“Grill season” doesn’t (un)officially start in the US until Memorial Day weekend at the end of May – like Labour Day weekend in NZ, the time when you’re supposed to dust off the
BBQ grill, put on your first pair of shorts, and start planting out the warm-season vegies. The weather for the last few weeks, however, has been firmly in the New Zealand summer range (and was up to 32C today, help), so we dusted ours off considerably earlier. We used the BBQ inconsistently last year, but buying an instant-read meat thermometer has revolutionised the whole enterprise. No more guessing! No more trying to estimate time based on how hot the barbie feels when you hold your hand a few inches away from the surface! You just stick the probe in and take the meat off when it hits the right temperature. Genius.
Normally my hands-down favourite thing on the barbeque is your standard lamb loin chop, but since the ones at the supermarket cost approximately the price of an acceptable restaurant meal (and that’s barely a mild exaggeration) we’ve been trying other things in an experimental spirit, to wit, the spirit of “can this thing in the fridge be cooked on the barbeque”? Googling yesterday for suggestions on how to cook a whole chicken – our BBQ is not nearly fancy enough to have one of those rotisserie things – I came across “beer can chicken”.
As weird as it sounds, this is apparently not just a thing in America, it’s a big thing - though I’d never heard of it before. In its simplest form, it just involves propping your chicken upright on a half-full can of beer and cooking it in a closed BBQ, the theory being that being upright allows the skin to brown properly and the beer in the can keeps the chicken moist. Most of the basic recipes are something like this one. If I had to guess, I’d imagine its invention involved the following ingredients: a chicken, a barbeque, and a bunch of hungry people standing around drinking beer. This is not the sort of thing you’d come up with totally sober.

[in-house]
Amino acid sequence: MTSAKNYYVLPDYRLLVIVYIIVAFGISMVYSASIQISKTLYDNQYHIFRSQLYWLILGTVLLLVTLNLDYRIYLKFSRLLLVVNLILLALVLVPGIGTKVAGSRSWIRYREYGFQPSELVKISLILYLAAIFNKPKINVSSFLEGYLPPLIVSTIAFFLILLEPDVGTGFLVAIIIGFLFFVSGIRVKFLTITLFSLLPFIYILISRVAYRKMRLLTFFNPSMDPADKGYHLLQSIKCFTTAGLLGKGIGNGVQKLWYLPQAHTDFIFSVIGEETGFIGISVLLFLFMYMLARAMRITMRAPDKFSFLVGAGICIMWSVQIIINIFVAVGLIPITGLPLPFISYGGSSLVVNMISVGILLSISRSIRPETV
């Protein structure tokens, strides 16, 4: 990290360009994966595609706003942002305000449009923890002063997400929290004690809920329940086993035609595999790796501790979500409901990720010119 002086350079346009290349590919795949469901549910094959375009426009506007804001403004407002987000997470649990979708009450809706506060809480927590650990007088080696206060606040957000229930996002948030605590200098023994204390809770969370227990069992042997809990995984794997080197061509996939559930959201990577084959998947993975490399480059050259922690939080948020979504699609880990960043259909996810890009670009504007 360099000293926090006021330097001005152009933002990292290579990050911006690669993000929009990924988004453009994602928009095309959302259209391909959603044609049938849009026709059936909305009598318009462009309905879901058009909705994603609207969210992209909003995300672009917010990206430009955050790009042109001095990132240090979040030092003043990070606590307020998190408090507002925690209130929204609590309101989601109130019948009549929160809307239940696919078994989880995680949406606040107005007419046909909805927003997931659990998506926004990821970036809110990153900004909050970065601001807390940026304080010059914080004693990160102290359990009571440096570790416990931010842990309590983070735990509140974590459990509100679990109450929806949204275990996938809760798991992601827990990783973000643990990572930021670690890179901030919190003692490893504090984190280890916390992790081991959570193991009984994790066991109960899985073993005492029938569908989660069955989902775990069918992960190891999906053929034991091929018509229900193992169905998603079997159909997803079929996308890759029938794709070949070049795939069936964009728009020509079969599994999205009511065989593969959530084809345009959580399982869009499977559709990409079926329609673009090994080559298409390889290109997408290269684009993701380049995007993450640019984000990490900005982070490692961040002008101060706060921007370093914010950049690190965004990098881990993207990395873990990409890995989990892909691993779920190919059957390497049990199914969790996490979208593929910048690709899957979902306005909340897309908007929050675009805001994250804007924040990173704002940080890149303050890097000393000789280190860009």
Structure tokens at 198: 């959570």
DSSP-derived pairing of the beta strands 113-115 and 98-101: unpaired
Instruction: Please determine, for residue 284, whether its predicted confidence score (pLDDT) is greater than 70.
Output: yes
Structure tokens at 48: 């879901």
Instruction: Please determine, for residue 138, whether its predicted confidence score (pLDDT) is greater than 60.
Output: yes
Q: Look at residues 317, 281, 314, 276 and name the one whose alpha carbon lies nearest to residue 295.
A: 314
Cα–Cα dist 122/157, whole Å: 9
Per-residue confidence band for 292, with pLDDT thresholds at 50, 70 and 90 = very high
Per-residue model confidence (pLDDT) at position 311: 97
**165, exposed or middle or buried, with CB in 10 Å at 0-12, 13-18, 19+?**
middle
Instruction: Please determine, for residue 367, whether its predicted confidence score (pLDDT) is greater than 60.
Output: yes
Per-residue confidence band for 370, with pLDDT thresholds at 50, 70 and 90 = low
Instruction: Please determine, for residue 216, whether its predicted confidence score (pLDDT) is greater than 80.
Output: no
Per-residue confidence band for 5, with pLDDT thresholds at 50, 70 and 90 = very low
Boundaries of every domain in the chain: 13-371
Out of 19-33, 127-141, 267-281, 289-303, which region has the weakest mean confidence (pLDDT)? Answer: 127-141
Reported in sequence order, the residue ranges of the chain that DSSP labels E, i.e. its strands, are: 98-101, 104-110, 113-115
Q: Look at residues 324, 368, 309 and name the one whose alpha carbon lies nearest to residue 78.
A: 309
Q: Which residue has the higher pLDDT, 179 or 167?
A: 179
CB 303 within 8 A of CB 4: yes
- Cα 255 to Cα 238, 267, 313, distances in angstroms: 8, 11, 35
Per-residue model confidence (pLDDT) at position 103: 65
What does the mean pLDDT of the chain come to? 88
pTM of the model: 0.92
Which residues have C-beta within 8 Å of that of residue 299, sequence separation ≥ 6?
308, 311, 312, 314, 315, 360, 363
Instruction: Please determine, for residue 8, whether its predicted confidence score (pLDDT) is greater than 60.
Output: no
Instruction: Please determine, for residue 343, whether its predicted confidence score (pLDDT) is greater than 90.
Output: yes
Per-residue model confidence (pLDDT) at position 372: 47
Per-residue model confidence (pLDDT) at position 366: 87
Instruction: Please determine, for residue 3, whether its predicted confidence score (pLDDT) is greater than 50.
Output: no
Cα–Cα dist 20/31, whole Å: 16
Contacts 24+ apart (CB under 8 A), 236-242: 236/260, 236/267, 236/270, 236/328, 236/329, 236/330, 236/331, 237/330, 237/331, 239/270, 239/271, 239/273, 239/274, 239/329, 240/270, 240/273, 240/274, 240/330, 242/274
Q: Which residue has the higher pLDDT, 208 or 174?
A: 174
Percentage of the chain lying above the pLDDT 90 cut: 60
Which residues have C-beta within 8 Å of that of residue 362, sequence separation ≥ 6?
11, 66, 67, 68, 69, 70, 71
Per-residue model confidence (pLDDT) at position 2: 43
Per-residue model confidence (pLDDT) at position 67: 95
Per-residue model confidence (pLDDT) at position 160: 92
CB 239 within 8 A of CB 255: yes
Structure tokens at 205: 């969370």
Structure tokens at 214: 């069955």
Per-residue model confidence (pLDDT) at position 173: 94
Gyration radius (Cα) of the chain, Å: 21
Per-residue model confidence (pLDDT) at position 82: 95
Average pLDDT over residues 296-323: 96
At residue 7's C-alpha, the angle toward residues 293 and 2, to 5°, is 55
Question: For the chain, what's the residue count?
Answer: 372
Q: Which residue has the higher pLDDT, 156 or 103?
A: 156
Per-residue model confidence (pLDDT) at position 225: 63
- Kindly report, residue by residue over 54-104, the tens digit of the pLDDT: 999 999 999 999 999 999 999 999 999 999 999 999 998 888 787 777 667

When I say it’s a big thing, I mean you can buy equipment to make the process easier. Some of it is pretty fancy. There are books . There are heated debates about how well the technique works. It’s practically an industry.
And when I tried it, I have to admit it worked pretty well (although I’m going to put a lot of that down to the meat thermometer letting me take it off the heat exactly when it was cooked, which is so crucial with poultry.) Confession, though: I didn’t use a beer can. Or beer. We do have beer in the house, but I don’t think there’s any American beer sold in cans that I would drink (or at minimum pay my own money for) voluntarily, and most of the imported stuff we buy comes in bottles. We didn’t have beer can chicken so much as cheap-sparkling-wine-in-a-lemonade-can chicken (I feel like the “cheap sparkling wine” bit preserves the spirit of the whole thing.) While this discussion does emphasise the danger of the recipe, honestly, if you remember the basic facts of barbeque safety, i.e., Stuff Is Hot, Be Careful With It, it’s no more dangerous than cooking anything on the barbie. Unless you forget to open the beer can before you put it on, but that’s edging pretty close to Darwin Award territory. (On the other hand, this is a country where people have been known to kill themselves through trying to deep-fry turkeys by putting a pot of oil on the barbeque. So.)
Honestly: I can’t say it was noticeably more delicious than a chicken roasted in the oven, but it was definitely more entertaining.